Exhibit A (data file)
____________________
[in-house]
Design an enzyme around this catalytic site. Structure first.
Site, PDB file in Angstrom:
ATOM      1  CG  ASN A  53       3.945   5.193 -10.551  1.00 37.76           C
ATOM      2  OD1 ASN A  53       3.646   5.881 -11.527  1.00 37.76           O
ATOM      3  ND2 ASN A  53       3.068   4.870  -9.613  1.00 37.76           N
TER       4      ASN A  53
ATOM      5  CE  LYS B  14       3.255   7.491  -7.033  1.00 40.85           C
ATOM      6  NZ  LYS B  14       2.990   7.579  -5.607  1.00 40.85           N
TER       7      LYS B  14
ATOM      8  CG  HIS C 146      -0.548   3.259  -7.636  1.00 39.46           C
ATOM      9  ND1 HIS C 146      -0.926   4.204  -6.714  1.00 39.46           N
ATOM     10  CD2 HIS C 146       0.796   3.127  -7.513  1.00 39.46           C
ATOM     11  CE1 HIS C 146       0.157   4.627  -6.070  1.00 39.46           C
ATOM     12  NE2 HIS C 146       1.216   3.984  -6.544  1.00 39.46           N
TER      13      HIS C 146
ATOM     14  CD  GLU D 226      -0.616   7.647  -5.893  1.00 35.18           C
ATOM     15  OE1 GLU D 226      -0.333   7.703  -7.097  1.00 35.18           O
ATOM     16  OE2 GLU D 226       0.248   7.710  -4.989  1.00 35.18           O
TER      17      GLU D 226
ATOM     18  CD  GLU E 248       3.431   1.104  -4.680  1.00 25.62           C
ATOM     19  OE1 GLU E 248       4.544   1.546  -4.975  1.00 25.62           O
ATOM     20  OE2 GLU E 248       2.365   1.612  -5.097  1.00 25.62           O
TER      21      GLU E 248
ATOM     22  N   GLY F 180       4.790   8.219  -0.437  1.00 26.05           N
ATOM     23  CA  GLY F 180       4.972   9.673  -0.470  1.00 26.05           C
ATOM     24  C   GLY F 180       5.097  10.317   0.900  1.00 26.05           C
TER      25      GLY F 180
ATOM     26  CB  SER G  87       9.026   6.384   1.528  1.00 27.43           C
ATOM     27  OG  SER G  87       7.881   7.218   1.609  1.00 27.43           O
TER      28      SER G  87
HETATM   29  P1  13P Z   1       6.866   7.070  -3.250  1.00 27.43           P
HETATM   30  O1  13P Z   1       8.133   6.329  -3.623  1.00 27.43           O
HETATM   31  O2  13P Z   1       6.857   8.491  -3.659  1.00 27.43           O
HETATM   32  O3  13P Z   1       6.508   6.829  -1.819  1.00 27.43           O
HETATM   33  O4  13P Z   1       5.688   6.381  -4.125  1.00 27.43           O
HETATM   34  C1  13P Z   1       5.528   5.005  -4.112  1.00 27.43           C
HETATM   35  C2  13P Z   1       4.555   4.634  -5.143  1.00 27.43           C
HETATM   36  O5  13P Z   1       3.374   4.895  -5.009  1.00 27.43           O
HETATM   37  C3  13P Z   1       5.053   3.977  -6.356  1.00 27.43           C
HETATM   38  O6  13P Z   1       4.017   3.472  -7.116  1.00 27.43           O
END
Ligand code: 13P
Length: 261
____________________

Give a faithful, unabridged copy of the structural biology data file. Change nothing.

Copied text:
[in-house]
Design an enzyme around this catalytic site. Structure first.
Site, PDB file in Angstrom:
ATOM      1  CG  ASN A  53       3.945   5.193 -10.551  1.00 37.76           C
ATOM      2  OD1 ASN A  53       3.646   5.881 -11.527  1.00 37.76           O
ATOM      3  ND2 ASN A  53       3.068   4.870  -9.613  1.00 37.76           N
TER       4      ASN A  53
ATOM      5  CE  LYS B  14       3.255   7.491  -7.033  1.00 40.85           C
ATOM      6  NZ  LYS B  14       2.990   7.579  -5.607  1.00 40.85           N
TER       7      LYS B  14
ATOM      8  CG  HIS C 146      -0.548   3.259  -7.636  1.00 39.46           C
ATOM      9  ND1 HIS C 146      -0.926   4.204  -6.714  1.00 39.46           N
ATOM     10  CD2 HIS C 146       0.796   3.127  -7.513  1.00 39.46           C
ATOM     11  CE1 HIS C 146       0.157   4.627  -6.070  1.00 39.46           C
ATOM     12  NE2 HIS C 146       1.216   3.984  -6.544  1.00 39.46           N
TER      13      HIS C 146
ATOM     14  CD  GLU D 226      -0.616   7.647  -5.893  1.00 35.18           C
ATOM     15  OE1 GLU D 226      -0.333   7.703  -7.097  1.00 35.18           O
ATOM     16  OE2 GLU D 226       0.248   7.710  -4.989  1.00 35.18           O
TER      17      GLU D 226
ATOM     18  CD  GLU E 248       3.431   1.104  -4.680  1.00 25.62           C
ATOM     19  OE1 GLU E 248       4.544   1.546  -4.975  1.00 25.62           O
ATOM     20  OE2 GLU E 248       2.365   1.612  -5.097  1.00 25.62           O
TER      21      GLU E 248
ATOM     22  N   GLY F 180       4.790   8.219  -0.437  1.00 26.05           N
ATOM     23  CA  GLY F 180       4.972   9.673  -0.470  1.00 26.05           C
ATOM     24  C   GLY F 180       5.097  10.317   0.900  1.00 26.05           C
TER      25      GLY F 180
ATOM     26  CB  SER G  87       9.026   6.384   1.528  1.00 27.43           C
ATOM     27  OG  SER G  87       7.881   7.218   1.609  1.00 27.43           O
TER      28      SER G  87
HETATM   29  P1  13P Z   1       6.866   7.070  -3.250  1.00 27.43           P
HETATM   30  O1  13P Z   1       8.133   6.329  -3.623  1.00 27.43           O
HETATM   31  O2  13P Z   1       6.857   8.491  -3.659  1.00 27.43           O
HETATM   32  O3  13P Z   1       6.508   6.829  -1.819  1.00 27.43           O
HETATM   33  O4  13P Z   1       5.688   6.381  -4.125  1.00 27.43           O
HETATM   34  C1  13P Z   1       5.528   5.005  -4.112  1.00 27.43           C
HETATM   35  C2  13P Z   1       4.555   4.634  -5.143  1.00 27.43           C
HETATM   36  O5  13P Z   1       3.374   4.895  -5.009  1.00 27.43           O
HETATM   37  C3  13P Z   1       5.053   3.977  -6.356  1.00 27.43           C
HETATM   38  O6  13P Z   1       4.017   3.472  -7.116  1.00 27.43           O
END
Ligand code: 13P
Length: 261